An electric vehicle charges in Tri-State Generation and Transmission Association headquarters parking lot. KATI WEIS, CBS NEWS COLORADO
"One of the biggest challenges with electric vehicles is the public infrastructure, and the infrastructure at the residential level," Rudolph said. "We're working with our member systems and their end US consumers to provide rebates to evaluate different technologies. What are the best chargers that can be used? On the public infrastructure charging aspect of it, how do you build a regional network? And a lot of the challenges that we face is that anywhere between 50 and 100 miles is where you're going going to need a DC fast charger and a lot of times in the rural areas, there isn't that electrical infrastructure to meet those needs."

Xcel Energy also says it's working proactively on the challenges ahead. 

"That's definitely on our radar, and that's where I think this proactive distribution system planning is so critical," said Nadia El Mallakh, the Vice President of Clean Transportation and Strategic Partnerships for Xcel. 

She says while there is some time before everyone makes the switch, "it's clearly picking up pace."

So, she says Xcel is spending $50 million on what she calls "no regrets" investments to trucking corridor grids. 

"These are areas where we've looked at the system, and we've looked at light, and medium, and heavy duty trucking, particularly also along corridors, and where there's a lot of density to say, 'okay, what are some upgrades we can make now that are no regrets, and so that the grid can be more ready when these heavier duty EVs come onto the road,'" El Mallakh said. "The great thing is as businesses transition those vehicles over, we see significant carbon emission reductions, but sometimes those can take longer times, because they can trigger more grid upgrades. So, we're really excited to be doing this."

El Mallakh also says Xcel is working on advanced metering technology that will help inform other grid update decisions. Read more about those plans by clicking here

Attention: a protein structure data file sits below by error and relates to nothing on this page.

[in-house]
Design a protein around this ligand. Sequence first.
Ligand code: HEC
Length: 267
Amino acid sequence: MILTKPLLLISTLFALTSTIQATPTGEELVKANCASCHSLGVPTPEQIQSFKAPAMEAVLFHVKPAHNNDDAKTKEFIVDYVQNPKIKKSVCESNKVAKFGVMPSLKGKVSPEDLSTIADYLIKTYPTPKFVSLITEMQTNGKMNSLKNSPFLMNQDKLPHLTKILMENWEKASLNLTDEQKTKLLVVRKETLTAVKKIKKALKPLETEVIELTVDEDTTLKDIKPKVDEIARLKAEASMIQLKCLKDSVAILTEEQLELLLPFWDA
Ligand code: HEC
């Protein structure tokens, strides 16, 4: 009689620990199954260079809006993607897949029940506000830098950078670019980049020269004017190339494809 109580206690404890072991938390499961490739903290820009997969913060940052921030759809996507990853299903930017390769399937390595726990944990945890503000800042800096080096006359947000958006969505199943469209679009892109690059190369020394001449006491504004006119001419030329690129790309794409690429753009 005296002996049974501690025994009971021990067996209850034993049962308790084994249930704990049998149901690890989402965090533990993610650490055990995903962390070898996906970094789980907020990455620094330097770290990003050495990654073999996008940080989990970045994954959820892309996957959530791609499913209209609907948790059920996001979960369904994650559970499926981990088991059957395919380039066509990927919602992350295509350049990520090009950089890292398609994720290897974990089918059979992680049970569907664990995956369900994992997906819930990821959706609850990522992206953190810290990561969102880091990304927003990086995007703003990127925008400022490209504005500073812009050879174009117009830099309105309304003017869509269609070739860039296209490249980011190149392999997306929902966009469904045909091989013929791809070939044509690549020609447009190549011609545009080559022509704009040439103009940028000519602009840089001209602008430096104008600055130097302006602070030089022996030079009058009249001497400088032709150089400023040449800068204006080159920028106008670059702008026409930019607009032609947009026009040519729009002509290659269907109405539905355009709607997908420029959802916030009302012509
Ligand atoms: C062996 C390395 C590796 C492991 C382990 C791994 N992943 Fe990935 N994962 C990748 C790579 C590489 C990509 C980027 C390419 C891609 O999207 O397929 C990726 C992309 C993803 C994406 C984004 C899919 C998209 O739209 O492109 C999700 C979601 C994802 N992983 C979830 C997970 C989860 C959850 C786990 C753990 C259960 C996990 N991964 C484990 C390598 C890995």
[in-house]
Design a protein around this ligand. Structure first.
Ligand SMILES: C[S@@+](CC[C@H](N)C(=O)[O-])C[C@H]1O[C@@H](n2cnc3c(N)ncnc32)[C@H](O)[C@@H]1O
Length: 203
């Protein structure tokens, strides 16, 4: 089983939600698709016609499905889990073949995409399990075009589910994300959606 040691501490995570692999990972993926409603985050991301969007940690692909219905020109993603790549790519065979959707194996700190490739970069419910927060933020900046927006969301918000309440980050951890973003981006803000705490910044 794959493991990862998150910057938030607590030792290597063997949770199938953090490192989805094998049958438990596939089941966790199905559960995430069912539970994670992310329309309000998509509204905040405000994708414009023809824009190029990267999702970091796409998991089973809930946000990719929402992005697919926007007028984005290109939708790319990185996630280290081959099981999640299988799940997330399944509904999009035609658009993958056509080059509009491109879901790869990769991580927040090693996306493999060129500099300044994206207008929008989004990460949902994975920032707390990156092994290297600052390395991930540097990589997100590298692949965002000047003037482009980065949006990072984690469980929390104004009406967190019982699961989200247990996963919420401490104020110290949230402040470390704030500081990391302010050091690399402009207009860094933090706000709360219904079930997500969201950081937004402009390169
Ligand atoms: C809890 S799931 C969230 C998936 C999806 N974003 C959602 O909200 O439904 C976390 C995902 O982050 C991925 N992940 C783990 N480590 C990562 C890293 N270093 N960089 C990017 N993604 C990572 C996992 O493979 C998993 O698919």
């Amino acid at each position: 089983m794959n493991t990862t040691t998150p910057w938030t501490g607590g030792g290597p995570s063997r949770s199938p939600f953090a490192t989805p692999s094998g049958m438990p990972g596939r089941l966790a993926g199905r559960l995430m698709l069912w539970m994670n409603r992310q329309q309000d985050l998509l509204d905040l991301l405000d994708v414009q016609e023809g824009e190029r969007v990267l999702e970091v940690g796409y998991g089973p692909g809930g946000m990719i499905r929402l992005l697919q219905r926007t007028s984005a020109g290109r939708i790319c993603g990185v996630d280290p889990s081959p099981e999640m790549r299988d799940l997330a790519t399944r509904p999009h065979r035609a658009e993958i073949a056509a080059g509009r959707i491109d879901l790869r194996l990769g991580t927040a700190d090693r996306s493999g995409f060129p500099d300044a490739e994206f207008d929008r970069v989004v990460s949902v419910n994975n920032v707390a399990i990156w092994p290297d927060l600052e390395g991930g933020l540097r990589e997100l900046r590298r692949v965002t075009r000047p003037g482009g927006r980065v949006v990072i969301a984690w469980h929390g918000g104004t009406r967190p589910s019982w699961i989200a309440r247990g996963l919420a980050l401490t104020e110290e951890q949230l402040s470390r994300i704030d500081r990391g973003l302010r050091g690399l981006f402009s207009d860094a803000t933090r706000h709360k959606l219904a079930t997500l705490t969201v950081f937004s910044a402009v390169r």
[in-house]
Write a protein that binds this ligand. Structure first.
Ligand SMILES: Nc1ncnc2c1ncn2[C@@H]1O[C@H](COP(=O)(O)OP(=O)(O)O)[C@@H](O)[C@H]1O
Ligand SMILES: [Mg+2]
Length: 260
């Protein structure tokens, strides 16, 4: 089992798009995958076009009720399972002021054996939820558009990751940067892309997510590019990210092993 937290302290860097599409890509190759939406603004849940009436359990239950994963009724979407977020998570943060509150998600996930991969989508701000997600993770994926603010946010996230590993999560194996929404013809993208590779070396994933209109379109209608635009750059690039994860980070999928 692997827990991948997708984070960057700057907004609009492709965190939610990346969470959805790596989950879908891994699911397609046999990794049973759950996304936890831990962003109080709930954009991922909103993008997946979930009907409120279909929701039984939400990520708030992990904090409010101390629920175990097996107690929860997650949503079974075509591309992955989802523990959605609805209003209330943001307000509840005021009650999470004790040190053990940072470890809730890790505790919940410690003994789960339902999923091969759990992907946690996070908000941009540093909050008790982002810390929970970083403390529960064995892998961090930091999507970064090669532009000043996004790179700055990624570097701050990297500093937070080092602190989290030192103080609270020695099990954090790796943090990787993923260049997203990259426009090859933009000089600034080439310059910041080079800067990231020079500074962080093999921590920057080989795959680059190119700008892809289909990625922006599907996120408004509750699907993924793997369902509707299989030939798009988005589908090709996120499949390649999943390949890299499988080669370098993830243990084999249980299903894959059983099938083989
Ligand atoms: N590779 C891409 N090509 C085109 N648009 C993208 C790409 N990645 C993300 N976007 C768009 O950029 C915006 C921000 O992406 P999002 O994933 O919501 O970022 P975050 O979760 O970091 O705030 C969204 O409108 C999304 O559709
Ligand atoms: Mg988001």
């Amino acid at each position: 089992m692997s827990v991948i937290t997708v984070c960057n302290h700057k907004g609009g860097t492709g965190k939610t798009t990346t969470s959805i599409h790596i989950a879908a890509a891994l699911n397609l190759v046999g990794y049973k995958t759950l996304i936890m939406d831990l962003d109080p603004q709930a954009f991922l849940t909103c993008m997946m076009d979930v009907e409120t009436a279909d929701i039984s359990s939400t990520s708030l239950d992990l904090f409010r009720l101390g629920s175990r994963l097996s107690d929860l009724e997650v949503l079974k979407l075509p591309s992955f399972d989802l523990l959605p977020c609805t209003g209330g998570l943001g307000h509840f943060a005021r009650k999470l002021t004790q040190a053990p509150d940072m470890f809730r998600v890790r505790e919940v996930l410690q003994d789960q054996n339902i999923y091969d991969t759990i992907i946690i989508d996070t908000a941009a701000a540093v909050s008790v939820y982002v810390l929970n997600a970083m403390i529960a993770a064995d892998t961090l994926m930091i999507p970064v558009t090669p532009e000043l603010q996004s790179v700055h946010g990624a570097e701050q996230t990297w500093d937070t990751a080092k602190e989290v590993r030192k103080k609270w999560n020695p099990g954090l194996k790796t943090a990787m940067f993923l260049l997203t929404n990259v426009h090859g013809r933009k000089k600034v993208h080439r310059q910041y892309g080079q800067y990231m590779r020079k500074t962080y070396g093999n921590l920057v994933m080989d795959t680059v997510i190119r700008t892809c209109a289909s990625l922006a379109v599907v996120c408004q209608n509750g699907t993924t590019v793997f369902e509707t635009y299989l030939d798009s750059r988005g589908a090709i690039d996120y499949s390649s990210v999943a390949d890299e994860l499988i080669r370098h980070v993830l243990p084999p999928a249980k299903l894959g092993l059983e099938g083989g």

"We can more quickly see and isolate where an outage is, what's caused it, and how quickly, even sometimes remotely, can repair it. This is going to be really important for EVs in the future," she said. "We're planning right now on being able to to determine where we're seeing high levels of EVs, and that's going to help us with prioritization of proactive system upgrades."

Experts also tell CBS News Colorado that changes at a state legislative level will need to be made, including items like financial supports, streamlining permitting processes, and incentivizing the expansion of the electrician workforce. 

"I think a big key piece is making sure the regulators and the legislators support us, being able to make proactive distribution system investments that are efficient and wise and really leveraging our customer programs to reward our customers to say, 'hey, if you charge off peak, that's great for the grid, it's great for your pocketbook, and that helps us do efficient grid upgrades,' so, that we're not over building, but we're not under building," El Mallakh said. 

Many individual homeowners will also need to update their electric systems to accommodate the power demands of EV charging. Here's some expert advice to consider. 

Berumen says while industries figure out major grid fixes to accommodate new EV technology, there may also be some important electric upgrades your own home will need if you're wanting to hop on the EV train. 
If your home is an older home with a lower amp panel, he says you'll need to hire an expert to determine if you should replace your panel to a 200 amp panel that can handle higher power. That's an upgrade that could cost up to $4,000. 
An example of a 200 amp electric panel outfitted with a breaker for an EV charging station in a home garage. KATI WEIS, CBS NEWS COLORADO
"If you have a 60 amp or smaller panel, you're probably going to need to upgrade your service," Berumen said. "New homes are going to have maybe 200 amp services. There's going to be a lot of homes out there with 100 amp service, that doesn't mean that you're going to have to replace the panel, but a load calculation should be done (before installing an EV charger)."